Source: Barclays

Fundamental Trends

Corporate default activity has increased of late, though off an extremely suppressed base. While an incremental six borrowers (two in the bond market, four in the loan market) defaulted on their obligations in April, this should not be construed as elevated volume as the trailing default rate (at approximately 1.2% per Credit Suisse) continues to sit at cyclical lows. More interesting, however, and we have touched on this in recent memos and have continued to monitor, is the growing cohort of Energy credits that have come under severe financial duress despite the accommodative market backdrop. The list spans smaller capital structures including Jones Energy, Alta Mesa, American Energy-Permian Basin, Halcon Resources and PHI, Inc. to larger operators such as Sanchez Energy, Bristow, EP Energy and Weatherford International (the latter two being bellwether credits in the sector). In a few cases, the unsecured debt of these capital structures is trading at just cents on the dollar, implying little-to-no recovery for bondholders. The debate is whether these continue to represent isolated fractures or rather, portend broader distress. For the moment, it would appear credit selection is of the upmost importance as the cost of fundamental missteps has become rather severe.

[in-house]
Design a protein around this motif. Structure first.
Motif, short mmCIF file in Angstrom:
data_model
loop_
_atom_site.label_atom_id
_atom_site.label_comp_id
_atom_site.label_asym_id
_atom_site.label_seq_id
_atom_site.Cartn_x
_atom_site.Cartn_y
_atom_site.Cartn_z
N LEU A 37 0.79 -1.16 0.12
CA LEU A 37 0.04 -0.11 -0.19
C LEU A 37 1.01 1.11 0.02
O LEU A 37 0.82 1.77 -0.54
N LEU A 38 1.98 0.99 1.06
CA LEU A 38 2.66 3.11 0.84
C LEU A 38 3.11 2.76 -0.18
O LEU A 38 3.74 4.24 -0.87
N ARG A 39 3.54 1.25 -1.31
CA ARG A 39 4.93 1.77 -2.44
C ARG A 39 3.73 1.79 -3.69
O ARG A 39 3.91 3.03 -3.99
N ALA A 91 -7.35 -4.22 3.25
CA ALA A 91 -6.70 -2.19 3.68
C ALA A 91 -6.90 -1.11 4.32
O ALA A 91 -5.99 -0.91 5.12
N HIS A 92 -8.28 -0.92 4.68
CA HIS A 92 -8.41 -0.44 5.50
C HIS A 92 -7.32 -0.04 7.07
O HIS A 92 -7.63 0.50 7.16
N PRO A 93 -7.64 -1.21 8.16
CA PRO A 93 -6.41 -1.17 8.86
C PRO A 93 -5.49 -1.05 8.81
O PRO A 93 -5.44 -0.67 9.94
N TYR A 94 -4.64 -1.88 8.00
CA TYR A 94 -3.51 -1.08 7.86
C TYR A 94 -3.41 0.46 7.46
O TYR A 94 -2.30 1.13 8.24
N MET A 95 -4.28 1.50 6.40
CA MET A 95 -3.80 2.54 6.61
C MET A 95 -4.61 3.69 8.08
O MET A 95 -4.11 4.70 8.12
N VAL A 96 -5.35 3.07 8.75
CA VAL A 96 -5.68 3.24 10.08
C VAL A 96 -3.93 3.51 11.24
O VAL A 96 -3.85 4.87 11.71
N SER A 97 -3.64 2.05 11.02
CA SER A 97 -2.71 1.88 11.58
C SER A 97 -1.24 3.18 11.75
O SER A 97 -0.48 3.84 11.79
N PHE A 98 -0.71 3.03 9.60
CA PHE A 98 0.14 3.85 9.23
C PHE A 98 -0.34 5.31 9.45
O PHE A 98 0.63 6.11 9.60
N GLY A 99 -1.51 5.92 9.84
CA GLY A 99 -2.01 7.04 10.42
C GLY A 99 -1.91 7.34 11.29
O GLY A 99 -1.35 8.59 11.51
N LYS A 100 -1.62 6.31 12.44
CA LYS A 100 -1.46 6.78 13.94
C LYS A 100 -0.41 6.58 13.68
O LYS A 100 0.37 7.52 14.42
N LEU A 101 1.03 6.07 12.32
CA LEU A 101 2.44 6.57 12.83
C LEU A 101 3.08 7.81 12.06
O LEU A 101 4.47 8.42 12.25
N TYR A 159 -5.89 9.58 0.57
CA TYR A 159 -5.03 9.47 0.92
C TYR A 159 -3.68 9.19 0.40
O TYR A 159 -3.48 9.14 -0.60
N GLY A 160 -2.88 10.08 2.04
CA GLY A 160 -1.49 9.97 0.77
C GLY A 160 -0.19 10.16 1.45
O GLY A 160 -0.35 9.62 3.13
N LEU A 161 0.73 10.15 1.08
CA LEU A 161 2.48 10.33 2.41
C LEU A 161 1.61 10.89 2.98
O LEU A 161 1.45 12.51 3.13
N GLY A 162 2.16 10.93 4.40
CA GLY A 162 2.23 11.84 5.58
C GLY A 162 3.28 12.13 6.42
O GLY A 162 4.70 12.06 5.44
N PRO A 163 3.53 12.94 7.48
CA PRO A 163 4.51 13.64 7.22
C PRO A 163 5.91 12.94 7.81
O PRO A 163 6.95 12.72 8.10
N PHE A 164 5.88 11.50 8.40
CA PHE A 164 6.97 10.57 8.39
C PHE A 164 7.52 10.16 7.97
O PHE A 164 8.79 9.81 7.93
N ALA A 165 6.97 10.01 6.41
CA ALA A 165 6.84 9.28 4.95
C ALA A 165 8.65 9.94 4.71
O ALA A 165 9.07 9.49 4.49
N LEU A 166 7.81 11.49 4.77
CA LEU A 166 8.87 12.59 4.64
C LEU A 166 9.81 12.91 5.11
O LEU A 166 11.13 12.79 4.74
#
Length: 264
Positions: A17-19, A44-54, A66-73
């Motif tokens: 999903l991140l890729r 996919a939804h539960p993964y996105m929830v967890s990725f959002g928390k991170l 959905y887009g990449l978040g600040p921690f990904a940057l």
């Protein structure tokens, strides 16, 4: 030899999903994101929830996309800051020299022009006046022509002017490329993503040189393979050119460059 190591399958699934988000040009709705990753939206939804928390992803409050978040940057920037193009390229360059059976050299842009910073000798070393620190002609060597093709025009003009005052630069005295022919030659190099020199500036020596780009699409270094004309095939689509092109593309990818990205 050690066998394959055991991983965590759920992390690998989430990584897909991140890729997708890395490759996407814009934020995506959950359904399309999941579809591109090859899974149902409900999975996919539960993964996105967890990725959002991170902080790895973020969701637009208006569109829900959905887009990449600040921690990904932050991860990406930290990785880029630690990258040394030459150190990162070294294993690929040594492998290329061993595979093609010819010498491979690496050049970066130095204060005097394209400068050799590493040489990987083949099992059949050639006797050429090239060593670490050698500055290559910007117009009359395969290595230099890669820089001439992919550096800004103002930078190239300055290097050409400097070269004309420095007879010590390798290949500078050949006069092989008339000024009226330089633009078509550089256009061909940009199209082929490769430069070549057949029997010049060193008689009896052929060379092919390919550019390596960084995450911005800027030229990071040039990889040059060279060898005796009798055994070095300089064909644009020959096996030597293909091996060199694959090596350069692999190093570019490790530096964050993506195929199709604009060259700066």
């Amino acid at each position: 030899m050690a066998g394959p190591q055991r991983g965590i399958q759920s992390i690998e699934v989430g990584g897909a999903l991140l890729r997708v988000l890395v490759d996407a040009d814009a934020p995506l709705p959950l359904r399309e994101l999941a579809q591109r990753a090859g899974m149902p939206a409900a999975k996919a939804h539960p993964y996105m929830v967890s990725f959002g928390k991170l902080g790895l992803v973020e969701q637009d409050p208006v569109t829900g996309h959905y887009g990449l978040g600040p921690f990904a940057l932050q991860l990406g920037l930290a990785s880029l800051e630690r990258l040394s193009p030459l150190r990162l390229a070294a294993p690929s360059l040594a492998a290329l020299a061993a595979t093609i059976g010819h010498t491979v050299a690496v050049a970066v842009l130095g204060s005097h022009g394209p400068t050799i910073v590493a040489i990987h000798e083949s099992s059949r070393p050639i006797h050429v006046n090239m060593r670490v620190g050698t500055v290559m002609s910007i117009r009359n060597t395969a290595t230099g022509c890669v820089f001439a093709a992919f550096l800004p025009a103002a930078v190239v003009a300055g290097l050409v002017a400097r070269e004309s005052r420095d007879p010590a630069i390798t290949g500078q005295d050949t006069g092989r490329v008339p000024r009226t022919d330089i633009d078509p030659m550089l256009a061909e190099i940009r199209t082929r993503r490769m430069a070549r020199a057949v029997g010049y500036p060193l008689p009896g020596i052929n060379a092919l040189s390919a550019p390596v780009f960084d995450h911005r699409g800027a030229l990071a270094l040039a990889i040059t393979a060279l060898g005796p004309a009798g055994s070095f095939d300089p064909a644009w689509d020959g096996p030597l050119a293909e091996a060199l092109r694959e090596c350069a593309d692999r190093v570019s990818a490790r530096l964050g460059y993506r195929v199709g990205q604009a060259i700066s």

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This material is for general information purposes only and does not constitute an offer to sell, or a solicitation of an offer to buy, any security. TCW, its officers, directors, employees or clients may have positions in securities or investments mentioned in this publication, which positions may change at any time, without notice. While the information and statistical data contained herein are based on sources believed to be reliable, we do not represent that it is accurate and should not be relied on as such or be the basis for an investment decision. The information contained herein may include preliminary information and/or "forward-looking statements." Due to numerous factors, actual events may differ substantially from those presented. TCW assumes no duty to update any forward-looking statements or opinions in this document. Any opinions expressed herein are current only as of the time made and are subject to change without notice. Past performance is no guarantee of future results. © 2019 TCW